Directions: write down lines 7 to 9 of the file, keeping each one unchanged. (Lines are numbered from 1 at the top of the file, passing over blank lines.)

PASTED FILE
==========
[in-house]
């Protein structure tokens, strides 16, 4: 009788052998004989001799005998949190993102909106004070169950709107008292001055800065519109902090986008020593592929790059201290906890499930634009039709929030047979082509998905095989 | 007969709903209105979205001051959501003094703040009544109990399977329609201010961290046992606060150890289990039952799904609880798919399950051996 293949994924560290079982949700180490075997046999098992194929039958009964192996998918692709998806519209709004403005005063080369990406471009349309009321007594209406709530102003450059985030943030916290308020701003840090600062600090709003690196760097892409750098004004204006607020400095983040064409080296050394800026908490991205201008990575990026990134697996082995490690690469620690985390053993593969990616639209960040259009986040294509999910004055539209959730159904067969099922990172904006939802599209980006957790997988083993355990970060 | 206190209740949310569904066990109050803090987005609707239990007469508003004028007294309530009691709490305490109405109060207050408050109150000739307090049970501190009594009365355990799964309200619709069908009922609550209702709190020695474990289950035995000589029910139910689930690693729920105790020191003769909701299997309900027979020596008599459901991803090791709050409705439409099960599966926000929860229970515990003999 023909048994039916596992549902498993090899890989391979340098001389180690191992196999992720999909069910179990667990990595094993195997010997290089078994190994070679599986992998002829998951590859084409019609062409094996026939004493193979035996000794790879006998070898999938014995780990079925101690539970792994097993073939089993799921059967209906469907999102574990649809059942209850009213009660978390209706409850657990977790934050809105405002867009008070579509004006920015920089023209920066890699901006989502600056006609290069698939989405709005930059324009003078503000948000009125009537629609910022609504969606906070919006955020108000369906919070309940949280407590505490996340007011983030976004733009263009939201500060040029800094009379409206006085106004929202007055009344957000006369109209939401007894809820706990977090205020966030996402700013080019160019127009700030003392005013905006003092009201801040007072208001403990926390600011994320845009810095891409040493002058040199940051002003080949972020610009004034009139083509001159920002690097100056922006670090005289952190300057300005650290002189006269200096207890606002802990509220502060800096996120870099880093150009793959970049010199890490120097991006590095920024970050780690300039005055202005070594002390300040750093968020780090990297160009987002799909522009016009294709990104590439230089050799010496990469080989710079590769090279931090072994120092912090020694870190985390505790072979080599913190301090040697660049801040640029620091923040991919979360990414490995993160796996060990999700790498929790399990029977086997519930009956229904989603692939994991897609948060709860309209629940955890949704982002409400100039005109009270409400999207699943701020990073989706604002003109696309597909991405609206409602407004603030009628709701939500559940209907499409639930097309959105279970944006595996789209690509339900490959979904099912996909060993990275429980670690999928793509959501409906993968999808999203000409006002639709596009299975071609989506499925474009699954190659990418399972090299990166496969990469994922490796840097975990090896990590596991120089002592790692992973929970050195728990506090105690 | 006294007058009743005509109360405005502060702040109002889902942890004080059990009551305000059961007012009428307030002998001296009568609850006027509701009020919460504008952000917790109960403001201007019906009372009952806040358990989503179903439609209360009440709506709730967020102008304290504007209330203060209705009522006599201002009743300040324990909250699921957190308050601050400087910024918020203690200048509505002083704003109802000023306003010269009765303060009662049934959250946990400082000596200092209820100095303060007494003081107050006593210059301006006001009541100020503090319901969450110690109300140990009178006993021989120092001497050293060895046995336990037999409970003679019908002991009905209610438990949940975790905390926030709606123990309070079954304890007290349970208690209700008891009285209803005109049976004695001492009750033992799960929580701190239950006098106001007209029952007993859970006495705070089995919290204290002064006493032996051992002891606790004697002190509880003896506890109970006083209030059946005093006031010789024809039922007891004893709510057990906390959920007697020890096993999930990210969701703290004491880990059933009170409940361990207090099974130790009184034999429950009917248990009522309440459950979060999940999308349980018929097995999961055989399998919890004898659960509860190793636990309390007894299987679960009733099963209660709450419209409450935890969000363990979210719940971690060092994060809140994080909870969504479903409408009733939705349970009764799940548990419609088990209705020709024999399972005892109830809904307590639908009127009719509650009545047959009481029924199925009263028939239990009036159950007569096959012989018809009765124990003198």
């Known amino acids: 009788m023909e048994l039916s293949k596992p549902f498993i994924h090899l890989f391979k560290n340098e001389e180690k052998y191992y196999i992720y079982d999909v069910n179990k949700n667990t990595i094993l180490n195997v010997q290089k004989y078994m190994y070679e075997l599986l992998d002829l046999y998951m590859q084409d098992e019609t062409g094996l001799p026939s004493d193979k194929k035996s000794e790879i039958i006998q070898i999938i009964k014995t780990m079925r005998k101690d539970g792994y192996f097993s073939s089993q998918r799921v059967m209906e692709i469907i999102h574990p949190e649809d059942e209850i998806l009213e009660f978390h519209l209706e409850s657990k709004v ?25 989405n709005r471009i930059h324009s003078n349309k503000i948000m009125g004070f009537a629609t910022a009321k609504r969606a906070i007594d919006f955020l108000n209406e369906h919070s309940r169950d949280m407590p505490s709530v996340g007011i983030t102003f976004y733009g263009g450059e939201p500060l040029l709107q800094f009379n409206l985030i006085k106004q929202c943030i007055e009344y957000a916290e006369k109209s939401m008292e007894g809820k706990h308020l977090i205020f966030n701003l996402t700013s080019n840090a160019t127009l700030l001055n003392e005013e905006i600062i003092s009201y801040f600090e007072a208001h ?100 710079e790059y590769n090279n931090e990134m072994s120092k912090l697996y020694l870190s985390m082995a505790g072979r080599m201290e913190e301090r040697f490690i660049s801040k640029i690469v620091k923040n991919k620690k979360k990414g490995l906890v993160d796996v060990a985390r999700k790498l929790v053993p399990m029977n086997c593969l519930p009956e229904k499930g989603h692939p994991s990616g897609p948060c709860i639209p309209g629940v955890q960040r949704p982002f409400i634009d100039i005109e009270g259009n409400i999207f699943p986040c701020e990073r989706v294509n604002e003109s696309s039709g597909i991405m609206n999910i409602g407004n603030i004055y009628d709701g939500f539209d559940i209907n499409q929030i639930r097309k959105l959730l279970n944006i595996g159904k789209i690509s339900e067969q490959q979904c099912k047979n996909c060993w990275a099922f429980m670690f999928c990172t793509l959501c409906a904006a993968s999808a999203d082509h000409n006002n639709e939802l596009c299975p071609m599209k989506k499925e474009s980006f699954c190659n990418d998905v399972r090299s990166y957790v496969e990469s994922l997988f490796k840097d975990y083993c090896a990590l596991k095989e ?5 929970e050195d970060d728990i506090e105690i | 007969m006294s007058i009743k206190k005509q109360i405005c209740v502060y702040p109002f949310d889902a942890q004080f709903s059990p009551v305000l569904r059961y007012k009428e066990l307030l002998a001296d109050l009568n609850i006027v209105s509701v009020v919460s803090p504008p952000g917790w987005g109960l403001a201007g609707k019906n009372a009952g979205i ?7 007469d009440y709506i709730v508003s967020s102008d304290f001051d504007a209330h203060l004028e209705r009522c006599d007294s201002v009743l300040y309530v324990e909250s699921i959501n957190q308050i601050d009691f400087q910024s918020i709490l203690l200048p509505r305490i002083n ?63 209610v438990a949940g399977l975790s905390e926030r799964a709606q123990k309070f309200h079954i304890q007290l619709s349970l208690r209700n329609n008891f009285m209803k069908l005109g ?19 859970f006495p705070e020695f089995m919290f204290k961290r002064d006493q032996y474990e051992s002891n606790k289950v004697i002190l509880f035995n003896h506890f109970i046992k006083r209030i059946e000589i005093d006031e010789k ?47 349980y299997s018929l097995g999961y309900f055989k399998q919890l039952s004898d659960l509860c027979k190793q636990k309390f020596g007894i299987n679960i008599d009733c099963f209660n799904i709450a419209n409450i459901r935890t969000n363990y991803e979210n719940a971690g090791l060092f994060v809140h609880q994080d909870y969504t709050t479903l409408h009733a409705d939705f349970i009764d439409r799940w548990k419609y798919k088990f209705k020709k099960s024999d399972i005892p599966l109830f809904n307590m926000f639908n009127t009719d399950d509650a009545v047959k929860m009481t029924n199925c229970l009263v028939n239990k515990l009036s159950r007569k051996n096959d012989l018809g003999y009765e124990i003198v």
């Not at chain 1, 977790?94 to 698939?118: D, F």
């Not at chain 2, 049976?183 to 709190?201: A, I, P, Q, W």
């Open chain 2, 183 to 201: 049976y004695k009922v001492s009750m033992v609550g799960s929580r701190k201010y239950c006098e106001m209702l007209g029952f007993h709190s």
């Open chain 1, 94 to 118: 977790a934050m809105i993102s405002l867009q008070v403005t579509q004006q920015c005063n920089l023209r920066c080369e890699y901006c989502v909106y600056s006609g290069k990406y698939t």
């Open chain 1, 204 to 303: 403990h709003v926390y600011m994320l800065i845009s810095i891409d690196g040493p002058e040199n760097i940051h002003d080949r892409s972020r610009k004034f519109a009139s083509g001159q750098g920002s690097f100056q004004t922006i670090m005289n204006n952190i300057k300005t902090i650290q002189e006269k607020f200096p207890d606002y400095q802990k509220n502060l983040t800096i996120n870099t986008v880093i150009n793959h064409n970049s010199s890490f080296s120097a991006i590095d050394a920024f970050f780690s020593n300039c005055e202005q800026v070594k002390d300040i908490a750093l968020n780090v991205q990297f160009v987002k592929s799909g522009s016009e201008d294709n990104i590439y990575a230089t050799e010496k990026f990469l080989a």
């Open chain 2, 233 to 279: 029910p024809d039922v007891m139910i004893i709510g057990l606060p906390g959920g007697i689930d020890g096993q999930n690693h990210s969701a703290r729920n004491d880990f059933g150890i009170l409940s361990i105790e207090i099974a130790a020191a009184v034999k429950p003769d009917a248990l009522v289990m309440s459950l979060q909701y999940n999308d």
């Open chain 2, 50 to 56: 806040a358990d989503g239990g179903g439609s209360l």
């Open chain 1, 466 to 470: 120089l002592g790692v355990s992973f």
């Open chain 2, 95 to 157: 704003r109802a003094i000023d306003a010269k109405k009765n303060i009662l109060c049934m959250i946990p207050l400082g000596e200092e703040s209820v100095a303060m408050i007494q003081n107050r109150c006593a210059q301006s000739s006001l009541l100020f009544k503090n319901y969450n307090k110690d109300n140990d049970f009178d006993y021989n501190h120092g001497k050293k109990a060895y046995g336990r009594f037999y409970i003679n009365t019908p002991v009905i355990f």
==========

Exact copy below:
């Open chain 1, 94 to 118: 977790a934050m809105i993102s405002l867009q008070v403005t579509q004006q920015c005063n920089l023209r920066c080369e890699y901006c989502v909106y600056s006609g290069k990406y698939t």
């Open chain 1, 204 to 303: 403990h709003v926390y600011m994320l800065i845009s810095i891409d690196g040493p002058e040199n760097i940051h002003d080949r892409s972020r610009k004034f519109a009139s083509g001159q750098g920002s690097f100056q004004t922006i670090m005289n204006n952190i300057k300005t902090i650290q002189e006269k607020f200096p207890d606002y400095q802990k509220n502060l983040t800096i996120n870099t986008v880093i150009n793959h064409n970049s010199s890490f080296s120097a991006i590095d050394a920024f970050f780690s020593n300039c005055e202005q800026v070594k002390d300040i908490a750093l968020n780090v991205q990297f160009v987002k592929s799909g522009s016009e201008d294709n990104i590439y990575a230089t050799e010496k990026f990469l080989a």
């Open chain 2, 233 to 279: 029910p024809d039922v007891m139910i004893i709510g057990l606060p906390g959920g007697i689930d020890g096993q999930n690693h990210s969701a703290r729920n004491d880990f059933g150890i009170l409940s361990i105790e207090i099974a130790a020191a009184v034999k429950p003769d009917a248990l009522v289990m309440s459950l979060q909701y999940n999308d």